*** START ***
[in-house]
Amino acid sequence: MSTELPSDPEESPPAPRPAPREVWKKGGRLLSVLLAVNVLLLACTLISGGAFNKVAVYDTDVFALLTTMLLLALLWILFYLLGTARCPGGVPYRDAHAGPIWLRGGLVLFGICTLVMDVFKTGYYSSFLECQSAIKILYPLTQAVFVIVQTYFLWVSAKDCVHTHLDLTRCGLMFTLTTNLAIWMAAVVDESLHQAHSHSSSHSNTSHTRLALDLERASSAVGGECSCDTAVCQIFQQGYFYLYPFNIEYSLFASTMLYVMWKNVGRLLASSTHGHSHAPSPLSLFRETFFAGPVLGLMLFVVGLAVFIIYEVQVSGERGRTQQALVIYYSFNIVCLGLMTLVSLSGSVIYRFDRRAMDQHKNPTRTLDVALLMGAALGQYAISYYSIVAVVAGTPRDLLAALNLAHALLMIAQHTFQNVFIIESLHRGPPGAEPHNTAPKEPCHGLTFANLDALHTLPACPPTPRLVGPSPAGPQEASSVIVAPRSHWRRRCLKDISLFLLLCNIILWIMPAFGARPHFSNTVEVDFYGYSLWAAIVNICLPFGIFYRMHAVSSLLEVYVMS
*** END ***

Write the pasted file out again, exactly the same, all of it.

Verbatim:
[in-house]
Amino acid sequence: MSTELPSDPEESPPAPRPAPREVWKKGGRLLSVLLAVNVLLLACTLISGGAFNKVAVYDTDVFALLTTMLLLALLWILFYLLGTARCPGGVPYRDAHAGPIWLRGGLVLFGICTLVMDVFKTGYYSSFLECQSAIKILYPLTQAVFVIVQTYFLWVSAKDCVHTHLDLTRCGLMFTLTTNLAIWMAAVVDESLHQAHSHSSSHSNTSHTRLALDLERASSAVGGECSCDTAVCQIFQQGYFYLYPFNIEYSLFASTMLYVMWKNVGRLLASSTHGHSHAPSPLSLFRETFFAGPVLGLMLFVVGLAVFIIYEVQVSGERGRTQQALVIYYSFNIVCLGLMTLVSLSGSVIYRFDRRAMDQHKNPTRTLDVALLMGAALGQYAISYYSIVAVVAGTPRDLLAALNLAHALLMIAQHTFQNVFIIESLHRGPPGAEPHNTAPKEPCHGLTFANLDALHTLPACPPTPRLVGPSPAGPQEASSVIVAPRSHWRRRCLKDISLFLLLCNIILWIMPAFGARPHFSNTVEVDFYGYSLWAAIVNICLPFGIFYRMHAVSSLLEVYVMS